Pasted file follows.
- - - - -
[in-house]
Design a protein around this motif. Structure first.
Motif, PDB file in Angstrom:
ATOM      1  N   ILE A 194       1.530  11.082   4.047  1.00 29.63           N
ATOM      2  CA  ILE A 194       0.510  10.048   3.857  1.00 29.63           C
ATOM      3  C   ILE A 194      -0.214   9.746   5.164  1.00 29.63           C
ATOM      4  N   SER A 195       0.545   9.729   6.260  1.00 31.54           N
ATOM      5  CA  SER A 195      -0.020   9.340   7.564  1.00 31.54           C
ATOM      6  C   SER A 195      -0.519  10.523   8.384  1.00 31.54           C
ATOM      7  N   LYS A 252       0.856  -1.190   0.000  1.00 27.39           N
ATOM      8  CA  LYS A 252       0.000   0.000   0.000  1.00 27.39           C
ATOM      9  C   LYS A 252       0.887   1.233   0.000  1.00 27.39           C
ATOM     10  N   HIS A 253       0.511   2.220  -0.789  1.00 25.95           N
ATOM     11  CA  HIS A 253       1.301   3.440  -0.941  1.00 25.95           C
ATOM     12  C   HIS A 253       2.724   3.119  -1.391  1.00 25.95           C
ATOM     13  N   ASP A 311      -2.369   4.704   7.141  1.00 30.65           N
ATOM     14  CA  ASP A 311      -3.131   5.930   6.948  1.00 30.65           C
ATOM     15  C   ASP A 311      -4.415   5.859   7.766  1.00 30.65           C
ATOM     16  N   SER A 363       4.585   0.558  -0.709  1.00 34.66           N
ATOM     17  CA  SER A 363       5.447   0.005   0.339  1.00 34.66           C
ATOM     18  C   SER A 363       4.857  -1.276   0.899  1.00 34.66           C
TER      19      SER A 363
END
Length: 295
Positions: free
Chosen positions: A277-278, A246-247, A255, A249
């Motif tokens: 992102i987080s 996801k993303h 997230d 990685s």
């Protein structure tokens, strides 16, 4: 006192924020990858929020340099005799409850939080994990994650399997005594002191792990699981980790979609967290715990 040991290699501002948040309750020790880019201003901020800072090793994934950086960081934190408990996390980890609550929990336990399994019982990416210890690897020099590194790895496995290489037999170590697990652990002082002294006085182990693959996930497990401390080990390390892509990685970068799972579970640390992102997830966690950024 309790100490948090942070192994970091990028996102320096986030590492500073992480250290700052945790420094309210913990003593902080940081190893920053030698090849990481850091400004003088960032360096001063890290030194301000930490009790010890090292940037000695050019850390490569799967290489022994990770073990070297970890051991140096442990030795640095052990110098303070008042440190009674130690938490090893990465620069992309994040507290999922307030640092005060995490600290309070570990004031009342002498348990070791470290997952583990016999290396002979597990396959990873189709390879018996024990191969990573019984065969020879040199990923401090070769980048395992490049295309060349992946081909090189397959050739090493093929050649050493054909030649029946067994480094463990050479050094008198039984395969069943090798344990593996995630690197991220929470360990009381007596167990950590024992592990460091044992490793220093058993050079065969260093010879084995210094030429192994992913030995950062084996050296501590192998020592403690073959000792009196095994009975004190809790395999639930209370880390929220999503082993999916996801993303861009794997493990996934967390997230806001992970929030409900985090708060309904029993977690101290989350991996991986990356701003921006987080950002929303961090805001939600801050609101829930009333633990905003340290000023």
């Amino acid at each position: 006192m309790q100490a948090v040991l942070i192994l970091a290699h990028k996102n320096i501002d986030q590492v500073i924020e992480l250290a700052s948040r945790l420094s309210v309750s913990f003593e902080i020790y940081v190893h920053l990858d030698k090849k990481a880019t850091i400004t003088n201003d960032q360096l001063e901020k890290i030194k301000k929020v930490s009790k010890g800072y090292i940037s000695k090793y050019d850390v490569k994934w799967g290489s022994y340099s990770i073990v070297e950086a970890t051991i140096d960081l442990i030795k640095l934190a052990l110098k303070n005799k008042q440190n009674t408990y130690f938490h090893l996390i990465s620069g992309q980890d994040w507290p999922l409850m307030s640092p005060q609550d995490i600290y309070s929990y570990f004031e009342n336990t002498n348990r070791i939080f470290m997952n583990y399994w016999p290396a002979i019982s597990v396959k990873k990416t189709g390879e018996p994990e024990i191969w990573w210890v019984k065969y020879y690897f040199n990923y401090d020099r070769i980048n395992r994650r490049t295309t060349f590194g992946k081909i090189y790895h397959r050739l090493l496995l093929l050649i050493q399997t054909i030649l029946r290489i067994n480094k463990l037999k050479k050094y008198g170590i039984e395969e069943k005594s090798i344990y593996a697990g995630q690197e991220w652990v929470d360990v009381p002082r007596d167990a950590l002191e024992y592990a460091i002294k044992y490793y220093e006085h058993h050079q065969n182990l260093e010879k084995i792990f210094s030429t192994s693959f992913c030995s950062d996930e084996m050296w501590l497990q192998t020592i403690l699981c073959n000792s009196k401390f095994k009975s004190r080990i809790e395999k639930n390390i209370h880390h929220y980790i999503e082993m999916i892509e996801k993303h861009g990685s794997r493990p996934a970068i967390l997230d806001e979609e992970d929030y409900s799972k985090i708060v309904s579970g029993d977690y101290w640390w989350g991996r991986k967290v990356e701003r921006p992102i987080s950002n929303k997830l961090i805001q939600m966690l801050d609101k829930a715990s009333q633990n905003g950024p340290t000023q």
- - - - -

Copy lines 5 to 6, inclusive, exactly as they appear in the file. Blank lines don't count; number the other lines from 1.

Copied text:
ATOM      2  CA  ILE A 194       0.510  10.048   3.857  1.00 29.63           C
ATOM      3  C   ILE A 194      -0.214   9.746   5.164  1.00 29.63           C